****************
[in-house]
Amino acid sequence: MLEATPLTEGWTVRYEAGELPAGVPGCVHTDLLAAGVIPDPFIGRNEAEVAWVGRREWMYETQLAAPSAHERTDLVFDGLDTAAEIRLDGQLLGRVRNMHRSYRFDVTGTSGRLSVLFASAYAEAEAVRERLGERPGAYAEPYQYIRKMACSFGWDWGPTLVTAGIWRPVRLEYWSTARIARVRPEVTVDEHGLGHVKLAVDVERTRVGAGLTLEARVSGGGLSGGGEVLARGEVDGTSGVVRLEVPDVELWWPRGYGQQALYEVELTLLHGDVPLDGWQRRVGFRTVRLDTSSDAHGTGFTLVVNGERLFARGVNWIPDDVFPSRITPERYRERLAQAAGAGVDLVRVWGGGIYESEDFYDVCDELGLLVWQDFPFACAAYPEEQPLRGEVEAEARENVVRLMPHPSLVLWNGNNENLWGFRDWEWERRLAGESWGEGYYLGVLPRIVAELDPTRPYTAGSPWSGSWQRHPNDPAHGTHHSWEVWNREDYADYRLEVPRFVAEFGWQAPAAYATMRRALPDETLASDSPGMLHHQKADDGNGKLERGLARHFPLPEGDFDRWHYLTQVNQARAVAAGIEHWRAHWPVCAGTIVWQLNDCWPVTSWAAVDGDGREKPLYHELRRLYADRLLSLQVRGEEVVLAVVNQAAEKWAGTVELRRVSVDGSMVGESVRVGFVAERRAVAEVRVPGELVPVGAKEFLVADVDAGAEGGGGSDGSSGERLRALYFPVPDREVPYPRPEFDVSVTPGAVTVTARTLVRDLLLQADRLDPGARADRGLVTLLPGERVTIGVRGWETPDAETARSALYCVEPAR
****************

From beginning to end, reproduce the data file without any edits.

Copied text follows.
[in-house]
Amino acid sequence: MLEATPLTEGWTVRYEAGELPAGVPGCVHTDLLAAGVIPDPFIGRNEAEVAWVGRREWMYETQLAAPSAHERTDLVFDGLDTAAEIRLDGQLLGRVRNMHRSYRFDVTGTSGRLSVLFASAYAEAEAVRERLGERPGAYAEPYQYIRKMACSFGWDWGPTLVTAGIWRPVRLEYWSTARIARVRPEVTVDEHGLGHVKLAVDVERTRVGAGLTLEARVSGGGLSGGGEVLARGEVDGTSGVVRLEVPDVELWWPRGYGQQALYEVELTLLHGDVPLDGWQRRVGFRTVRLDTSSDAHGTGFTLVVNGERLFARGVNWIPDDVFPSRITPERYRERLAQAAGAGVDLVRVWGGGIYESEDFYDVCDELGLLVWQDFPFACAAYPEEQPLRGEVEAEARENVVRLMPHPSLVLWNGNNENLWGFRDWEWERRLAGESWGEGYYLGVLPRIVAELDPTRPYTAGSPWSGSWQRHPNDPAHGTHHSWEVWNREDYADYRLEVPRFVAEFGWQAPAAYATMRRALPDETLASDSPGMLHHQKADDGNGKLERGLARHFPLPEGDFDRWHYLTQVNQARAVAAGIEHWRAHWPVCAGTIVWQLNDCWPVTSWAAVDGDGREKPLYHELRRLYADRLLSLQVRGEEVVLAVVNQAAEKWAGTVELRRVSVDGSMVGESVRVGFVAERRAVAEVRVPGELVPVGAKEFLVADVDAGAEGGGGSDGSSGERLRALYFPVPDREVPYPRPEFDVSVTPGAVTVTARTLVRDLLLQADRLDPGARADRGLVTLLPGERVTIGVRGWETPDAETARSALYCVEPAR